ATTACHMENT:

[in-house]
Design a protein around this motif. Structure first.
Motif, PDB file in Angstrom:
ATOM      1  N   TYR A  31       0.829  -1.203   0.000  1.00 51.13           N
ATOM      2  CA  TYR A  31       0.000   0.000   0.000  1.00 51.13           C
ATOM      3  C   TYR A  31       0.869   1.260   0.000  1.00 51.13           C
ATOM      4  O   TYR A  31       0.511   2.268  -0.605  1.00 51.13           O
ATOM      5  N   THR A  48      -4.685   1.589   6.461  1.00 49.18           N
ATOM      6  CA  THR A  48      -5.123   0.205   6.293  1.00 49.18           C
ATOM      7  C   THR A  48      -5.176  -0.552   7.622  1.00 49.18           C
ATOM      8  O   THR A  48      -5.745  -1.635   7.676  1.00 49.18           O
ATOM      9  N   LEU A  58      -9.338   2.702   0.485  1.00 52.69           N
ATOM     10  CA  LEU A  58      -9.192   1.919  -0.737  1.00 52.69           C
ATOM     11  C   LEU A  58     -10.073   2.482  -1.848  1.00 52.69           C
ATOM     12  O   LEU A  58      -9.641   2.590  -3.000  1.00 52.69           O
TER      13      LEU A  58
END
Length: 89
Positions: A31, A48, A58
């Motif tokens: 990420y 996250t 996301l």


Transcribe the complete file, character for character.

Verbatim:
[in-house]
Design a protein around this motif. Structure first.
Motif, PDB file in Angstrom:
ATOM      1  N   TYR A  31       0.829  -1.203   0.000  1.00 51.13           N
ATOM      2  CA  TYR A  31       0.000   0.000   0.000  1.00 51.13           C
ATOM      3  C   TYR A  31       0.869   1.260   0.000  1.00 51.13           C
ATOM      4  O   TYR A  31       0.511   2.268  -0.605  1.00 51.13           O
ATOM      5  N   THR A  48      -4.685   1.589   6.461  1.00 49.18           N
ATOM      6  CA  THR A  48      -5.123   0.205   6.293  1.00 49.18           C
ATOM      7  C   THR A  48      -5.176  -0.552   7.622  1.00 49.18           C
ATOM      8  O   THR A  48      -5.745  -1.635   7.676  1.00 49.18           O
ATOM      9  N   LEU A  58      -9.338   2.702   0.485  1.00 52.69           N
ATOM     10  CA  LEU A  58      -9.192   1.919  -0.737  1.00 52.69           C
ATOM     11  C   LEU A  58     -10.073   2.482  -1.848  1.00 52.69           C
ATOM     12  O   LEU A  58      -9.641   2.590  -3.000  1.00 52.69           O
TER      13      LEU A  58
END
Length: 89
Positions: A31, A48, A58
């Motif tokens: 990420y 996250t 996301l």